Penn Research Points To New Way Of Preserving Fertility For Boys Undergoing Cancer Treatment
Treatments for childhood cancers are increasingly successful with cure rates approaching 80%, but success often comes with a downside for the surviving men: the cancer treatments they received as boys can leave them sterile as adults. Now, a research team led by Ralph Brinster of the University of Pennsylvania School of Veterinary Medicine has completed a 14-year experiment that gives hope for a technique that could restore their fertility.
Brinster is the Richard King Mellon Professor of Reproductive Physiology at Penn Vet and was recently awarded the National Medal of Science for his lifetime of research on the genetics of the mammalian germline, the cells that give rise to sperm and eggs.
In his most recent research, Brinster collaborated with fellow members of the Department of Animal Biology at Penn Vet, with members of the Department of Cell and Developmental Biology at Penn’s Perelman School of Medicine and with the Penn Bioinformatics Core.
For males, fertility begins with spermatogonial stem cells, which are present at birth, embedded in the basement membrane of the testes’ seminiferous tubules. As a boy approaches puberty, these cells begin to make daughter cells that eventually become sperm. While they normally continue this process throughout a post-pubescent man’s life, factors like radiation and chemotherapy drugs can destroy them, rendering him sterile.
About 1 in 3 boys surviving childhood cancer will be in danger of having severely decreased fertility as an adult; as many as 1 in 5,000 men of reproductive age currently suffer this serious quality-of-life problem as a result. Adult men who undergo cancer treatment that might damage their fertility can preemptively freeze their sperm, an option not available to pre-pubescent boys. But if a sample of a boy’s spermatogonial stem cells could be extracted and preserved before cancer treatment and re-implanted after the boy reached adulthood, this fertility problem could be circumvented.
“There are a number of places, including at the Children’s Hospital of Philadelphia,” Brinster said, “that are already freezing cells for patients to use later, with the expectation that the necessary culture system and implantation techniques will be developed. A logical question for patients to ask is, How do we know that, after 10 years or more of being stored, these cells are any good? That’s what our study addresses.”
The techniques for extracting these cells and re-implanting them have been developed, so a critical question for researchers was whether spermatogonial stem cells could survive the decade-plus period they might need to remain frozen.
Fortunately, Brinster had a large collection of cryopreserved spermatogonial stem cells stored in the mid-’90s. The collection consisted mostly of cells taken from mice but included a small number of rat, rabbit and baboon samples. Between their age and variety, these samples represented an important resource to address questions regarding long-term cryopreservation of spermatogonial stem cells, before the technique could be used in humans.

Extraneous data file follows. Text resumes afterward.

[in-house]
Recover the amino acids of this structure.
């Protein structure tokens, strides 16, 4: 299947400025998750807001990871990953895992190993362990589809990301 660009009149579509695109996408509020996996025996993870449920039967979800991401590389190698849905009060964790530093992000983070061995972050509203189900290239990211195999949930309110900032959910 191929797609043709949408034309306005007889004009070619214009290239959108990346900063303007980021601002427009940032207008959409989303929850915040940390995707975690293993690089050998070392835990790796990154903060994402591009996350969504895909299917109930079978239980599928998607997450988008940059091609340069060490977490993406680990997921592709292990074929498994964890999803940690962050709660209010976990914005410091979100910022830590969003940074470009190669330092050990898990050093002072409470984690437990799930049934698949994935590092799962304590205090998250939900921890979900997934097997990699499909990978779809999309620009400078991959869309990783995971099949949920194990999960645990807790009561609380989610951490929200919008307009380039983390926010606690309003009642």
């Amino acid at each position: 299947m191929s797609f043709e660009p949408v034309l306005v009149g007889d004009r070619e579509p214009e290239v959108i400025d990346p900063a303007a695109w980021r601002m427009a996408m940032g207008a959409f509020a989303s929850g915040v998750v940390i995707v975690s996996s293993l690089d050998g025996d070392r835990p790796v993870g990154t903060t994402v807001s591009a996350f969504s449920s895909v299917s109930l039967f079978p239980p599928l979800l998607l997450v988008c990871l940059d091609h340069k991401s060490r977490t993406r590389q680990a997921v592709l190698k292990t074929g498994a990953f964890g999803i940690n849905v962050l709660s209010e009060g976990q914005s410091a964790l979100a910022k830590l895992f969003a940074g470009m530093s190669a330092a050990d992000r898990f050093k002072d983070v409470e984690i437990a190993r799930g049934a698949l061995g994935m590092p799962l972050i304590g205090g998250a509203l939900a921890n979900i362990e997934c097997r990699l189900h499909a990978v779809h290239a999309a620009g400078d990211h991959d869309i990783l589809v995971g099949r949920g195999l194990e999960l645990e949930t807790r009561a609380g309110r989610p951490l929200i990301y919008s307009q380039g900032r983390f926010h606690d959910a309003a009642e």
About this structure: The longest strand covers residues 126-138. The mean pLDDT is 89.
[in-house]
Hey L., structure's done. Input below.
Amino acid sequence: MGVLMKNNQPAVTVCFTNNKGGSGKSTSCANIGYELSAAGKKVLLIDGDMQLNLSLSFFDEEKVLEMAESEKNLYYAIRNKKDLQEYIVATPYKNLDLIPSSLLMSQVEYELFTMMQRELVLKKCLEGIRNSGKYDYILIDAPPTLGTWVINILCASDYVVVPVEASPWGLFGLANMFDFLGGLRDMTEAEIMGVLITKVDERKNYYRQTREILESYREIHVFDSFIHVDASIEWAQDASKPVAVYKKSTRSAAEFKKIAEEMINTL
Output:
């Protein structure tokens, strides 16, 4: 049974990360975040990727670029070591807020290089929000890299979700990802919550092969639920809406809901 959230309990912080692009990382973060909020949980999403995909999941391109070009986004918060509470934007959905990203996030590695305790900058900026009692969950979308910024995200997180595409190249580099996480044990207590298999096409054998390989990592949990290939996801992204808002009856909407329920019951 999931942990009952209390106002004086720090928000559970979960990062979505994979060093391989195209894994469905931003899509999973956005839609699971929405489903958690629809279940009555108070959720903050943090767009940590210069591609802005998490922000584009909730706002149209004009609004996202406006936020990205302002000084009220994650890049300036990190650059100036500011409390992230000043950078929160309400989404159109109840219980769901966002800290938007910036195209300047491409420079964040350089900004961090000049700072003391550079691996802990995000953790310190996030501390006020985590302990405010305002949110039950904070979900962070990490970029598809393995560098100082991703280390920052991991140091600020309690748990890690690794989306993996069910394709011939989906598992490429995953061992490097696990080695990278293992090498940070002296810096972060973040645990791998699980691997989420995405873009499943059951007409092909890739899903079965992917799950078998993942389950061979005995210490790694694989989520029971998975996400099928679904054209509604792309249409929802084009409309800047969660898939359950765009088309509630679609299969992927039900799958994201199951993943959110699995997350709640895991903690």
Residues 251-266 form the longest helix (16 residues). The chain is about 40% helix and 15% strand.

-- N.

After being thawed, the spermatogonial stem cells of rabbits and baboons were labeled with a fluorescent dye so that the researchers could track where in the testes they would eventually migrate and embed once they were implanted in mice. This was a critical step for the rabbit and baboon cells, which lacked appropriate experimental recipients; once implanted in mice, the studies showed that the cells migrated correctly and embedded in the recipient testes’ basement membrane, indicating their viability.
A complete functional test could only be done for the mouse spermatogonial stem cells, as they could be implanted into mice and tested to see if they could produce sperm, and whether that sperm could lead to healthy offspring. After demonstrating that the cryopreserved cells implanted in the right region of the testes and underwent normal spermatogenesis, the researchers extracted the sperm and successfully fertilized eggs in vitro.
One of the recipient mice was also placed with females and successfully sired offspring. The offspring resulting from eggs fertilized in vitro as well as those resulting from natural mating all produced normal appearing young. Most importantly, the offspring arising from the cryopreserved spermatogonial stem cells appeared free of genetic damage.
This experiment clearly points in the right direction for the feasibility of a similar fertility treatment in humans.
“Human and animal spermatagonial stem cells have been successfully frozen for short periods of time, but this is completely different,” Brinster said. “Here we had cells frozen for over a decade that implanted in the right place and made sperm, and that sperm made offspring without apparent genetic defects.”
In addition to Brinster, the research was conducted by research associates Xin Wu, Shaun M. Goodyear and Mary R. Avarbock of the Department of Animal Biology at Penn Vet; graduate student Lara K. Abramowitz and professor Marisa S. Bartolomei of the Department of Cell and Developmental Biology at Penn’s Perelman School of Medicine; and John W. Tobias, director of the Penn Bioinformatics Core.
The research was supported by the National Institutes of Child Health and Human Development, the Institute of General Medicine and the Robert J. Kleberg Jr. and Helen C. Kleberg Foundation.
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